The Crown bought the castle from the Manners in 1547 in exchange for other estates in England, putting Sir John Elleker in charge of the property, along with a garrison of 100 horsemen and 200 foot soldiers.[22] Within two years, however, the Collingwoods were once more acting as the castle constables, a position they would retain for the rest of the century.[21] The castle remained important to the defence of the border but fell into in poor repair: in 1564 it was described as in poor condition, "scant able to lodge the captain"; in 1580 another report reiterated similar problems; and in 1584 commissioners wrote that the poor maintenance over many years had left it need of repairs in the order of £200.[23][nb 1]

17th–21st centuries[edit]

In 1603 James VI of Scotland inherited the kingdom of England, uniting the two thrones, and Etal Castle lost its military value and soon passed into private ownership.[4] In the 18th century it ceased to be used as a residence, and the ruins were painted in watercolour by Thomas Girtin in 1797, based upon his visit to the castle in the autumn of 1796.[25]

Lord Joicey bought the castle in 1908, and by 1922 the ruins had been cleaned of ivy and repointed.[26] The castle was placed into the guardianship of the state in 1975, and archaeological excavations and surveys were carried out on the site in 1978, 1983, 1994 and 1998.[27] In the 21st century it is managed by English Heritage, and protected under UK law as a Grade I listed building and as an ancient monument.[28]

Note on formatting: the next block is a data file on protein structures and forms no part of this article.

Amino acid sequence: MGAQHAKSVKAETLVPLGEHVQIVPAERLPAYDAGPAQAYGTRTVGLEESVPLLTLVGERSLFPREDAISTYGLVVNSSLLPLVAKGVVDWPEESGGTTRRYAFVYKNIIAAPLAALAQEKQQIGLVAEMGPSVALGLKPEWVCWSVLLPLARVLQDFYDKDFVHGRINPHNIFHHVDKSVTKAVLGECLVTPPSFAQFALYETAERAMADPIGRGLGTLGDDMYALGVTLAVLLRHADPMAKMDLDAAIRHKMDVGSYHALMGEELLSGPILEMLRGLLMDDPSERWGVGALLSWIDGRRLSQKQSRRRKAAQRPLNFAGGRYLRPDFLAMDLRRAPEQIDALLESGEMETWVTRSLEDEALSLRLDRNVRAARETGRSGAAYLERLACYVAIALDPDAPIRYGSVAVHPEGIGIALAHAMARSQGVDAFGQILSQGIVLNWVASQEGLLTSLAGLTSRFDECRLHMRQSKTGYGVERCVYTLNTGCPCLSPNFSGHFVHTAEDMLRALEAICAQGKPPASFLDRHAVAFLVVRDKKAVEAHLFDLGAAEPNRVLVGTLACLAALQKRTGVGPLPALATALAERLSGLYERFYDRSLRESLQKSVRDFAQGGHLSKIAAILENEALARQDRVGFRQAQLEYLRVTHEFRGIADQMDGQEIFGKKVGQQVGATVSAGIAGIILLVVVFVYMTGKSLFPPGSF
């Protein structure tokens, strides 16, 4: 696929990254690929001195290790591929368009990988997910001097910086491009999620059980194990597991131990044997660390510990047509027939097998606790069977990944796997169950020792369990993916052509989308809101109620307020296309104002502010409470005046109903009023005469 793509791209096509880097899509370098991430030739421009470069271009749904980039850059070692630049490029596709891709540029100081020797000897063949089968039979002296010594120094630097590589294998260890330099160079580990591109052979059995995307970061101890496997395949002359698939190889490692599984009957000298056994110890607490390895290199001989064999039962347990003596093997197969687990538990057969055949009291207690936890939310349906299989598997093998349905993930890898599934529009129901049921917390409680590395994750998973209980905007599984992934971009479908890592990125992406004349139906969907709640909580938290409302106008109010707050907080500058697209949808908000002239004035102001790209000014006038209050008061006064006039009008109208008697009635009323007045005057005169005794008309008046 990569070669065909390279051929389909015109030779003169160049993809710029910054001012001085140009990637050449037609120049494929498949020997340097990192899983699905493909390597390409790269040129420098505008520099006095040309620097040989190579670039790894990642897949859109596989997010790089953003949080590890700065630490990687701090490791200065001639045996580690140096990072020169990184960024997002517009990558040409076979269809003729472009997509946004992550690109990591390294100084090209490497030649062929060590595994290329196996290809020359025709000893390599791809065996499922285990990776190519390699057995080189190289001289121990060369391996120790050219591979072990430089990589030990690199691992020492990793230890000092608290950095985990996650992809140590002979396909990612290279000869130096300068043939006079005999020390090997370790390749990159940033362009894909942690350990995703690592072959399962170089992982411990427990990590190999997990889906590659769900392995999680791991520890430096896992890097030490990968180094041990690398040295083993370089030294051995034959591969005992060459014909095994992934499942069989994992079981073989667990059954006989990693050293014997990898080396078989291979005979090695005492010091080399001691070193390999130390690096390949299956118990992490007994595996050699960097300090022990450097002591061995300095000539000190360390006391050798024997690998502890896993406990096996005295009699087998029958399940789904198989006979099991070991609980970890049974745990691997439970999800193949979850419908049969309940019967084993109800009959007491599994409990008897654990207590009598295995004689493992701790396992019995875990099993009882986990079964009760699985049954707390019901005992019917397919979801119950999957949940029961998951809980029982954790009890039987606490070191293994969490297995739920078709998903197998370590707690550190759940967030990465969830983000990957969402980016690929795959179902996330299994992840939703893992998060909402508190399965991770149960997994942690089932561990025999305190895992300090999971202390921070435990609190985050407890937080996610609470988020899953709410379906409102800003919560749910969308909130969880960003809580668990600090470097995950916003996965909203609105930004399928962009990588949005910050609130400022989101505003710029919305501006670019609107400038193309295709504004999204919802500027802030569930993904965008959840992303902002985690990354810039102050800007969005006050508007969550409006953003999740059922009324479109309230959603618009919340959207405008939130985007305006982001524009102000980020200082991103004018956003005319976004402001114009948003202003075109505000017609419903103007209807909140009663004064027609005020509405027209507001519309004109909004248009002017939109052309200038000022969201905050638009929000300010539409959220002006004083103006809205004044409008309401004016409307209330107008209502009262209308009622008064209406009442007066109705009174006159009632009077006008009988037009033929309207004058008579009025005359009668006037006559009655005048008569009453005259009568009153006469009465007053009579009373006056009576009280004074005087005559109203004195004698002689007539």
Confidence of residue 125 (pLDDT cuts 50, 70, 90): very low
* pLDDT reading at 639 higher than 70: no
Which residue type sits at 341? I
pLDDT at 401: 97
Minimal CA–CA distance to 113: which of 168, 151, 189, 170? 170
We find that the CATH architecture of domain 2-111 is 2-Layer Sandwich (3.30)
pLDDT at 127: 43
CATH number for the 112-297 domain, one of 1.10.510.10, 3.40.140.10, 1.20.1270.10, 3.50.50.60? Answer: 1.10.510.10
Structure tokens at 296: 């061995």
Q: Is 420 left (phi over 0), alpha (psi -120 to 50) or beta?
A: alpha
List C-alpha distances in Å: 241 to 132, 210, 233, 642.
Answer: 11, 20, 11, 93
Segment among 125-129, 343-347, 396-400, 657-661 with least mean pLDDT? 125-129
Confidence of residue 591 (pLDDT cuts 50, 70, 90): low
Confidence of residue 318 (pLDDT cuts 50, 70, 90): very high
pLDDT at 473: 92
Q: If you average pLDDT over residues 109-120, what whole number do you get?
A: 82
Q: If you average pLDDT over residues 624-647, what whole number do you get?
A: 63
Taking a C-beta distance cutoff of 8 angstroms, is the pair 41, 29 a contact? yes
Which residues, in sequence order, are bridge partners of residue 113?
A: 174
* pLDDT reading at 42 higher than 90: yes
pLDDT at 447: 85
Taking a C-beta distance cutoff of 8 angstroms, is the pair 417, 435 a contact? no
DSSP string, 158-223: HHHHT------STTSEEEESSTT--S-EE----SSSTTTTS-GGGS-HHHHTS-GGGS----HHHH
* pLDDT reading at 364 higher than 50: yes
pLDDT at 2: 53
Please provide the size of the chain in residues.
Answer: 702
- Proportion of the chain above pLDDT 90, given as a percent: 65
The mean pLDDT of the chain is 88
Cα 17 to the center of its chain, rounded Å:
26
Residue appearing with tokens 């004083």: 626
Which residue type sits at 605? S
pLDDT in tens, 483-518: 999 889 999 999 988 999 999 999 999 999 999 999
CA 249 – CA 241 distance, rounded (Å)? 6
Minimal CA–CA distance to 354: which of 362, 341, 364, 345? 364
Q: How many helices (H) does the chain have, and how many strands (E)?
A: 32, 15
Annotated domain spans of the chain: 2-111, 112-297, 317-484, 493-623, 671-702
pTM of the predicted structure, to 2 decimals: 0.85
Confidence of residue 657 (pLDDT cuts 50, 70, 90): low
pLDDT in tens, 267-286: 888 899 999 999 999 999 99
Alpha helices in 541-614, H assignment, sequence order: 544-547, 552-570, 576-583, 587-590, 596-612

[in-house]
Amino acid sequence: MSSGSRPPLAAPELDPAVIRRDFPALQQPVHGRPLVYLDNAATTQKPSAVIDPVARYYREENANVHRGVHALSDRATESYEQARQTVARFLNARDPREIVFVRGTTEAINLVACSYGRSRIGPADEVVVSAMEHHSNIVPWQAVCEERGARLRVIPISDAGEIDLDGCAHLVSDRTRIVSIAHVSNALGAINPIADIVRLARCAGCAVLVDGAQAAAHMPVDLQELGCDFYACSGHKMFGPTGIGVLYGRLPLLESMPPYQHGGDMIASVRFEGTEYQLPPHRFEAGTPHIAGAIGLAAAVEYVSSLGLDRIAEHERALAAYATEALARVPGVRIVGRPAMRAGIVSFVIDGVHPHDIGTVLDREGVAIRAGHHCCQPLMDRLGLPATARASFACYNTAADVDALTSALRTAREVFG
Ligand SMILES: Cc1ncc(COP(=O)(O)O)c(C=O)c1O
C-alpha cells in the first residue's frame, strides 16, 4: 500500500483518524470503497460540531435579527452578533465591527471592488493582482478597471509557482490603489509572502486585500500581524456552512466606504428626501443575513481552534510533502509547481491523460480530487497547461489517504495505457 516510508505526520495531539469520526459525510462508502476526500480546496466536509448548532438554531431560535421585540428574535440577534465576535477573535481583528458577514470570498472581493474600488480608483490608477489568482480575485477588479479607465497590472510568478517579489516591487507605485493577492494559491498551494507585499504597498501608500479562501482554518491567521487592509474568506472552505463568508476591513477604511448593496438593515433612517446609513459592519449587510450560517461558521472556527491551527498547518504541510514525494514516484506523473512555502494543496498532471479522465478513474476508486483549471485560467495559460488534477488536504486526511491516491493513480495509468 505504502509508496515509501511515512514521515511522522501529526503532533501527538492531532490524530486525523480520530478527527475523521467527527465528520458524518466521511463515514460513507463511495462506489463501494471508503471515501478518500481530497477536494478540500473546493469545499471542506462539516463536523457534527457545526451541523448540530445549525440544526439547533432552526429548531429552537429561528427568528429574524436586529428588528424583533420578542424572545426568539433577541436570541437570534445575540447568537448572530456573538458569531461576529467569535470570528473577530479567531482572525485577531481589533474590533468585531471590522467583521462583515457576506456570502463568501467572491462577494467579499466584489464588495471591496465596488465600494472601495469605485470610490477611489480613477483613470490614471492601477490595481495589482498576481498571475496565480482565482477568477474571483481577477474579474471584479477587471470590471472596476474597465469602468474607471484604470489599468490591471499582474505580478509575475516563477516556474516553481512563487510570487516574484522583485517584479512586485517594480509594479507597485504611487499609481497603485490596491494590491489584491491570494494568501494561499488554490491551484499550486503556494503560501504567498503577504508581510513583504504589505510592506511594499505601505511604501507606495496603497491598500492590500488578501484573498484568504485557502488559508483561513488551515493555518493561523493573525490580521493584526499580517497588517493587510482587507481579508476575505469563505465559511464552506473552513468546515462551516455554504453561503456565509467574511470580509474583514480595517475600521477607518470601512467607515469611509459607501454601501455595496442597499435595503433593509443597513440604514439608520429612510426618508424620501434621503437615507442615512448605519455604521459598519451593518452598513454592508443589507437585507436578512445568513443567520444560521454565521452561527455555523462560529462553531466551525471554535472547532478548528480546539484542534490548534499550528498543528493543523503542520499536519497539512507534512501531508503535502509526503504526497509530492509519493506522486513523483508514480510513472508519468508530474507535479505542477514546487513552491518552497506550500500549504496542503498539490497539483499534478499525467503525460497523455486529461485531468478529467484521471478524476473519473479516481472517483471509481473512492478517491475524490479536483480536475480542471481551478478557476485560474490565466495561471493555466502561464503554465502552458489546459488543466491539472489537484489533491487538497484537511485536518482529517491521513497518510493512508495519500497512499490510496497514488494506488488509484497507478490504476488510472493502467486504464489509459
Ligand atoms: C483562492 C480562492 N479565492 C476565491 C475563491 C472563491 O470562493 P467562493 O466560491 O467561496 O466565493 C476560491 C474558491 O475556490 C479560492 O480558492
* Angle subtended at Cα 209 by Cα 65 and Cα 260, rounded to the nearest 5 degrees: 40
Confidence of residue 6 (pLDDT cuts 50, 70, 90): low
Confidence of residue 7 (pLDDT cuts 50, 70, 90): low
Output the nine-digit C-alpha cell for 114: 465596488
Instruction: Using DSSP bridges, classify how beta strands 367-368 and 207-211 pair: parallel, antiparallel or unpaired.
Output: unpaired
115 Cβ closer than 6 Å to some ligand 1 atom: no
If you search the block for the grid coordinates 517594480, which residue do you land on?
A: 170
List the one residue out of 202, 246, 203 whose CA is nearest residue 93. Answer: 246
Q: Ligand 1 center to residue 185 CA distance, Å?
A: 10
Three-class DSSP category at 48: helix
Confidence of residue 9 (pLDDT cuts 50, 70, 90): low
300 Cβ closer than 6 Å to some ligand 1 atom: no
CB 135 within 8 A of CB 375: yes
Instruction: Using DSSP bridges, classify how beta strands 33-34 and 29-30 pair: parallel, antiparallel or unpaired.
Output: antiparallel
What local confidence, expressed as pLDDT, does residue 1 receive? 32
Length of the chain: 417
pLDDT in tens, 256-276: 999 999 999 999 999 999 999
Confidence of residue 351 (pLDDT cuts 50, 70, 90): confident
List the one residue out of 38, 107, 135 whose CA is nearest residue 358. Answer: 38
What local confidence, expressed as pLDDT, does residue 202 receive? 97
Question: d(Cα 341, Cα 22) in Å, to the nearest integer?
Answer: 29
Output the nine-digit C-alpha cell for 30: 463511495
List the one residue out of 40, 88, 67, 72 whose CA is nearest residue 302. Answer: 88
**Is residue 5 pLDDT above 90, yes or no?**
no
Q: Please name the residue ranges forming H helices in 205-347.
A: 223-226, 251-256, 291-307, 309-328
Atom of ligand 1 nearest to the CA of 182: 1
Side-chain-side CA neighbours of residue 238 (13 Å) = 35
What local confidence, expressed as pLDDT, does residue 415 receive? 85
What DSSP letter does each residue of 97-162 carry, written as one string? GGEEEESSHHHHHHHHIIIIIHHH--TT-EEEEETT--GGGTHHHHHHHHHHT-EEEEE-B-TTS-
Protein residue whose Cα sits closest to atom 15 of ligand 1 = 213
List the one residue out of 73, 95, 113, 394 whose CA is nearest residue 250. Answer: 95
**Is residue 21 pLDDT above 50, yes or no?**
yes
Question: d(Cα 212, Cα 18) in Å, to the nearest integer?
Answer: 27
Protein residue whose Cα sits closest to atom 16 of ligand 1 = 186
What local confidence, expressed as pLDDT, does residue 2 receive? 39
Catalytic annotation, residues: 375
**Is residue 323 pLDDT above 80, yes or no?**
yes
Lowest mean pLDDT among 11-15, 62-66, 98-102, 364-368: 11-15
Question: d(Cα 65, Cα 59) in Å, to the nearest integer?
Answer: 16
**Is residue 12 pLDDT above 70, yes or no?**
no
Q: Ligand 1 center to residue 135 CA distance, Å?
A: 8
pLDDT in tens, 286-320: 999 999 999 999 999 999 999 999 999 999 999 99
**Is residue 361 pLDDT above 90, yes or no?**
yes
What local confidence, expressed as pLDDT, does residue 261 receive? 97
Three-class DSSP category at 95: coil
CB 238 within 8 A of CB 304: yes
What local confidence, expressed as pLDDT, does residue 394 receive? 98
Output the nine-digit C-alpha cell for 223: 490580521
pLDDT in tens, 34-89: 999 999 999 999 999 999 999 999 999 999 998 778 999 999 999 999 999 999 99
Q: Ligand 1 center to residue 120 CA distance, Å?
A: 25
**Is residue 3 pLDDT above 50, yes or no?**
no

Plan of the castle: A – corner tower; B – residential tower; C – bailey; D – gatehouse

Etal Castle originally overlooked a bridge over the River Till, and was protected by the steep banks running to the river.[29] The castle forms a rectangular enclosure, approximately 182 by 162 feet (55 by 49 m), protected by a well-made, but relatively thin, stone curtain wall, mostly 4 feet 6 inches (1.37 m) thick.[30] Most of the wall above ground has since been destroyed, with only the foundations remaining.[31]

The residential tower in the north-east corner was entered by a forebuilding, unusual in this region, 17 feet 6 inches by 7 feet 10 inches (5.33 by 2.39 m) in size and protected by a portcullis.[32] Four storeys tall, each floor of the tower was reached by a spiral staircase and comprised two rooms, one large and one small chamber.[3] The tower is built from sandstone; the forebuilding and uppermost floor are made of a lighter sandstone than the lower floors and may have been added retrospectively.[33] The ground floor is 46 by 32 feet (14.0 by 9.8 m) and originally had a vaulted ceiling.[32] The upper floors were well-lit with large, transomed windows, complete with window seats; the first and second floors were probably used by the Manners family and had large fireplaces, with the third floor used by the castle staff.[34] The tower was possibly linked to a neighbouring hall complex by a doorway on the first floor, although any such complex has since been lost.[33]